Logotip de la revista Noves SL





Sociolingüística internacional
Summer 2001

The linguistic situation of South Tyrol, by Albert Branchadell and Joan Manrubia

The aim of this presentation is to inform the Catalan sociolinguistic community of the protection of linguistic minorities in South Tyrol. Firstly, we will look at the historical background: South Tyrol is a territory that has been linked to Austria since the fourteenth century and passed into Italian hands after the First World War, when the Treaty of Paris (1946) provided for protective measures for the German-speaking population (and, to a lesser degree, the Ladin-speakers). Secondly, we will discuss the current political situation: the political parties and provincial autonomy. Thirdly, we will describe the current socio-linguistic situation using the census of 1991 and other recent sources. Fourthly, we will introduce the three basic pillars of the aforementioned policy of protection: linguistic separatism at school, bilingualism of the Government and the Justice system, and the "ethnic proportion" of the civil service. Finally, if you wish to find out more, you may consult the bibliography and a number of websites.



1. Brief history of South Tyrol
2. Overview of the political situation
3. Sociolinguistic data
4. Linguistic legislation
5. Bibliography and Websites

1. Brief history of South Tyrol

At the end of the First World War, in accordance with the Treaty of Saint Germain-en-Laye (September 1919), the southern Austrian Tyrol was ceded to Italy. The English and French had promised this part of Tyrol to Italy in 1915 on the premise that the latter entered the war on the side of the Allies. The rest now forms part of a land in the Federal Republic of Austria. Conflicts between the predominantly German-speaking population and Italian centralism were soon to surface.

On 1st December 1919, King Vittorio Emmanuele pledged to guarantee the new province "una scrupolosa salvaguardia delle istituzione locale e dell’amministrazione autonoma". However, on 28th October 1922, the Fascists came to power in Italy and the King was forced to hand over authority to il Duce, Benito Mussolini.

The aim of the Fascists at home was to degermanise South Tyrol. They introduced three measures in order to achieve this: a) political persecution of the German language, b) mass immigration of Italian-speaking citizens and, finally, c) evacuation of the German-speaking population. Thus, the use of the German language was prohibited and punished. In 1925, Italian was declared the official language although, as early as 1923, the German toponomy had been prohibited and replaced by the Italian equivalent. On 20th February 1935, the fascists began their policy of immigration to South Tyrol by setting up heavy industry in Bolzano-Bozen.

The third measure introduced by the Fascists, which was agreed on with Hitler, forced the South Tyrolean to choose between German nationality (which required them to emigrate to the territory of the Third Reich) or Italian nationality (which involved renouncing any measures of German ethnic protection). This measure was called the "Option". A total of 34,237 of South Tyrol’s 246,036 inhabitants opted for Italian nationality, whilst 211,799 opted for German. Of the latter, 75,000 left before the outbreak of war interrupted the process of expatriation.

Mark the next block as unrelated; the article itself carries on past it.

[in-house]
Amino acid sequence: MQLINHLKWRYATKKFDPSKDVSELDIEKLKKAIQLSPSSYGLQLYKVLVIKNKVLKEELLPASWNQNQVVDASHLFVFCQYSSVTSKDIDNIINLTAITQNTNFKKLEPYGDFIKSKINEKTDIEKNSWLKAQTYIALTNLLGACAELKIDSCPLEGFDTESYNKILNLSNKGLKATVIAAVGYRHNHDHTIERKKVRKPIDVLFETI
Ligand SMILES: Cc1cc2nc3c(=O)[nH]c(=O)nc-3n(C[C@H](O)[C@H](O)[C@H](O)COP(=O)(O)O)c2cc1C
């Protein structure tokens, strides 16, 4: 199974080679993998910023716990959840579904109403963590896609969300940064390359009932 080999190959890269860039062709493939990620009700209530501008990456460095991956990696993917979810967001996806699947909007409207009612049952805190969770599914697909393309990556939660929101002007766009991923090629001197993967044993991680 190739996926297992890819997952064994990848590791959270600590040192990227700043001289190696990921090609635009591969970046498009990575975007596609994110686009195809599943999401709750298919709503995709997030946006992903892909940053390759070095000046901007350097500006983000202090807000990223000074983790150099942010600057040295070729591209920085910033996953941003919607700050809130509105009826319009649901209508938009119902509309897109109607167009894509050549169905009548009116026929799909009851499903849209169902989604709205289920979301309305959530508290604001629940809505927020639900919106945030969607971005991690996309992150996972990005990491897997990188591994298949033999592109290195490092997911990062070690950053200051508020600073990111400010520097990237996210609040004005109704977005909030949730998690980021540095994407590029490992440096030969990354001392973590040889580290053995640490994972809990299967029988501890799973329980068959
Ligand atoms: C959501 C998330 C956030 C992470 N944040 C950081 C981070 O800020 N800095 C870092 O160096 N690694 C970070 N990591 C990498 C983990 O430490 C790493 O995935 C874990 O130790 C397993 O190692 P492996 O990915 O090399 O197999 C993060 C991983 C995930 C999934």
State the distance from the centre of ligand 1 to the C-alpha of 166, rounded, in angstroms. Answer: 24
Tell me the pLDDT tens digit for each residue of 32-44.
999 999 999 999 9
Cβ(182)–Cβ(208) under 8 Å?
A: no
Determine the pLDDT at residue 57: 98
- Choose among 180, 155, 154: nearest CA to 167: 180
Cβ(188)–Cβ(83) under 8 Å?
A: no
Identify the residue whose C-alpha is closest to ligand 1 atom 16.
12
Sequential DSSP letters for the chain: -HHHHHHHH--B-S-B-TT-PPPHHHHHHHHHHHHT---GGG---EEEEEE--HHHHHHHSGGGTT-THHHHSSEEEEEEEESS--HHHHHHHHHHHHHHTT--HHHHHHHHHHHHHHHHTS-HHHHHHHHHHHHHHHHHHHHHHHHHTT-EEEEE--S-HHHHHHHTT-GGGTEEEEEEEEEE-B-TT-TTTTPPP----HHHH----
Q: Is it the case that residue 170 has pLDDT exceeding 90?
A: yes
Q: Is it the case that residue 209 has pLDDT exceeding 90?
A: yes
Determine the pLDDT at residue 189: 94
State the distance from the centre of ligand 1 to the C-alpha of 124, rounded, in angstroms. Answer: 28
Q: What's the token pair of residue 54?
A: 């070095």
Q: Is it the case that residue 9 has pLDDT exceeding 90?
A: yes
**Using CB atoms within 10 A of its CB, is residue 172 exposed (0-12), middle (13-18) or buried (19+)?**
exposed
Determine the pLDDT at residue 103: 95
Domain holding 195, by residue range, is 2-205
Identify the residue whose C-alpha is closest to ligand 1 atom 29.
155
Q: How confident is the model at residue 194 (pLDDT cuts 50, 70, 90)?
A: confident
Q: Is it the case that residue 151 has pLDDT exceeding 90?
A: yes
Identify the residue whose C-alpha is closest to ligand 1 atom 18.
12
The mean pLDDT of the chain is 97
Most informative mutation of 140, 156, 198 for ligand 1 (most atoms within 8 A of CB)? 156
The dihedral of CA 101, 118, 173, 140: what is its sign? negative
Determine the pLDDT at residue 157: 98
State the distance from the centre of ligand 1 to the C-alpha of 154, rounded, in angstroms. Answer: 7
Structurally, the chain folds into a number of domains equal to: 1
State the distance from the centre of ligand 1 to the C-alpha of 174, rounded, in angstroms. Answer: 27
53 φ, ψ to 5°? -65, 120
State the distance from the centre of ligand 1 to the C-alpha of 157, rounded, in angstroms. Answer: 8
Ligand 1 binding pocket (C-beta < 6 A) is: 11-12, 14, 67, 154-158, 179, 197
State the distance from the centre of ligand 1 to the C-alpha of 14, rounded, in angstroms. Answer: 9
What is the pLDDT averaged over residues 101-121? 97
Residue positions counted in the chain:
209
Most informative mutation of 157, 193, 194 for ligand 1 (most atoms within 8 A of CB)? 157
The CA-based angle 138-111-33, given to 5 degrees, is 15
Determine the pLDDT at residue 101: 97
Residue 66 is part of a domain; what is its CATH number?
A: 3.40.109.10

On 8th September 1943, Italy signed the armistice with the Allies. The birth of the Südtiroler Volkspartei (http://www.svpartei.org) in 1945, and international commitments with Austria (DeGasperi-Gruber Agreement) in 1946, led to the creation of the Statute of Autonomy for the Trentino-Alto Adige region, which included the provinces of Trento and South Tyrol. The DeGasperi-Gruber Agreement was conceived as a form of compensation by the Allies to Austria and the SVP, who were in favour of the re-incorporation of South Tyrol into Austria.

This agreement guaranteed special measures for the South Tyrolean as regards maintaining their economic and cultural characteristics. In addition, it guaranteed education in the German language, equality between the German and Italian languages, recognition of school certificates, the possibility of holding positions in the Civil Service and, most significantly, the granting of autonomy. This agreement was such an integral part of the Allies’ peace treaty with Italy, that the South Tyrolean issue became an international affair.

In the years to follow, Italy did not fulfil all the provisions of the Agreement hence Austria took the South Tyrolean issue to the United Nations General Assembly. The Assembly urged both parts (Austria and Italy) to negotiate for an effective application of the Agreement. As a result of international pressure (and of internal political violence) various commissions and study groups were set up to draft a set of measures to resolve the disagreement (the "Paket"), which included a new Statute of Autonomy that came into force in 1972.

In 1992, Italy and Austria finally declared to the UN that the South Tyrolean issue had been satisfactorily resolved. The recent entry of Austria into the European Union has created many possibilities for collaboration between the two parts of Tyrol.

1 de 4